Autism and fireworks: keeping kids calm and comfortable
Heightened senses like sensitivity to sounds, touch and smells are some of the experiences that a child with autism might feel, and from the smoke on the grill and loud pops during fireworks, the Fourth of July is a holiday that can trigger anxiety for some kids on the spectrum.
Experts from Centria Autism don't recommend completely shutting your children out.
They suggest parents prepare kids for social gatherings by telling them what to expect.
“Communicate with them,” said Fran Vitale a board certified behavior analyst that News 10's Cryss Walker talked to.
“We're going to the fireworks - this is what the fireworks are going to look like. There's going to be a large number of people there. Are you going to be ok with that? So, we want to let them know as much ahead of time what they're going to experience and we want to set them up to be successful in that experience.”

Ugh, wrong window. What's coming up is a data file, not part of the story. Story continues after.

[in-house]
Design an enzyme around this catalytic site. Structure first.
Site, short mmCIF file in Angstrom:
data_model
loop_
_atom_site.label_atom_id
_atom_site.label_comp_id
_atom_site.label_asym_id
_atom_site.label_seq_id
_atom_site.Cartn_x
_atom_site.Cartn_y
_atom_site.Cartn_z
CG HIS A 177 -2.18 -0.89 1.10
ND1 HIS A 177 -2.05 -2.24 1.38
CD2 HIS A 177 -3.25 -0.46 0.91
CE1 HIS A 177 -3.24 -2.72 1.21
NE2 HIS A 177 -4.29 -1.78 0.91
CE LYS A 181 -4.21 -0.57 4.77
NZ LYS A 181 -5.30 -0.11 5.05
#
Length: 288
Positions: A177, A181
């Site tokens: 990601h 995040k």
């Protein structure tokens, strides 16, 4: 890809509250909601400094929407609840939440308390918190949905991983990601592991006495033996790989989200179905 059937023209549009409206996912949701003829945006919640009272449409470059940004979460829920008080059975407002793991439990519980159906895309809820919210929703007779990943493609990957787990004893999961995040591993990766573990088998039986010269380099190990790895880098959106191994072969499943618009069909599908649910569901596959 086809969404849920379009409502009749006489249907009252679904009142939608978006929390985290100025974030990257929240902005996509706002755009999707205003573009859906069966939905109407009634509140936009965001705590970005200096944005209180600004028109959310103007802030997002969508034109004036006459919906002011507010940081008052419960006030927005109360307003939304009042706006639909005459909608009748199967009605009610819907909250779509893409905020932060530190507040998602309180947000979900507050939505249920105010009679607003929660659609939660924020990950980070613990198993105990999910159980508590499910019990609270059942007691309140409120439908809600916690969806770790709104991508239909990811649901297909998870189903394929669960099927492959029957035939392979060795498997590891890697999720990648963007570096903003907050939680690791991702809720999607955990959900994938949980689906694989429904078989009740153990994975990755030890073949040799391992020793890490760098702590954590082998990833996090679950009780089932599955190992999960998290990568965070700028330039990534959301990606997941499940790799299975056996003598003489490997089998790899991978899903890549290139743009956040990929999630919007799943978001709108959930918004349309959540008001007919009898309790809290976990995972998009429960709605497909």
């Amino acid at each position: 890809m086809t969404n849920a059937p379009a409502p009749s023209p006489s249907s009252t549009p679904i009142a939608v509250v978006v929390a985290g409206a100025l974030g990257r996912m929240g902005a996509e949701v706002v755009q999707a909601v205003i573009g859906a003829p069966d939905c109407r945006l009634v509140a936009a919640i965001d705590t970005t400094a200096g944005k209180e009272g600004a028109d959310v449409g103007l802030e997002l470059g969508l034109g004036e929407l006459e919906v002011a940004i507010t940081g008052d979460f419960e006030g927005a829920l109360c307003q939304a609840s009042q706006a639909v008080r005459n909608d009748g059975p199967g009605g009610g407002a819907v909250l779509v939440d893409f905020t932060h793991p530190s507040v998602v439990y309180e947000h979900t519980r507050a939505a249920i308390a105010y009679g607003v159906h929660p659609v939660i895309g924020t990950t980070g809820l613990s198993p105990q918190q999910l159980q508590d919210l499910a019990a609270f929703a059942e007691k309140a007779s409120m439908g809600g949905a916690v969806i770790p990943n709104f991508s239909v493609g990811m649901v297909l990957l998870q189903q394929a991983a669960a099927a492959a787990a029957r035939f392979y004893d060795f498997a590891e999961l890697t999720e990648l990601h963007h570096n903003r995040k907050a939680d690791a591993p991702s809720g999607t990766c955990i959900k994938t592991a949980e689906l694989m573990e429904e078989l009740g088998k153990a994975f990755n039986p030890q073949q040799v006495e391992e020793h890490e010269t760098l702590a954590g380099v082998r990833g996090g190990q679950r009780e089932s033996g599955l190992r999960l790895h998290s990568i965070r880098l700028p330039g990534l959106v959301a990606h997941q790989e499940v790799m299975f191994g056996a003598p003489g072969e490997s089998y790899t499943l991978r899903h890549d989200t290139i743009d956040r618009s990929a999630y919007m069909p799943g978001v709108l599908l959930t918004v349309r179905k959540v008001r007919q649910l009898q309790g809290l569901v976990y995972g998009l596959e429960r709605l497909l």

Centria Autism also suggests that before heading out you give your child a code word or a flash card to communicate anxiety.
It's also good to bring headphones for games and music or earbuds to block out the noise.
Experts say pacing, fidgeting and rocking are all indicators of anxiety.
Be sure to take your child to a quiet area if they're feeling overwhelmed.
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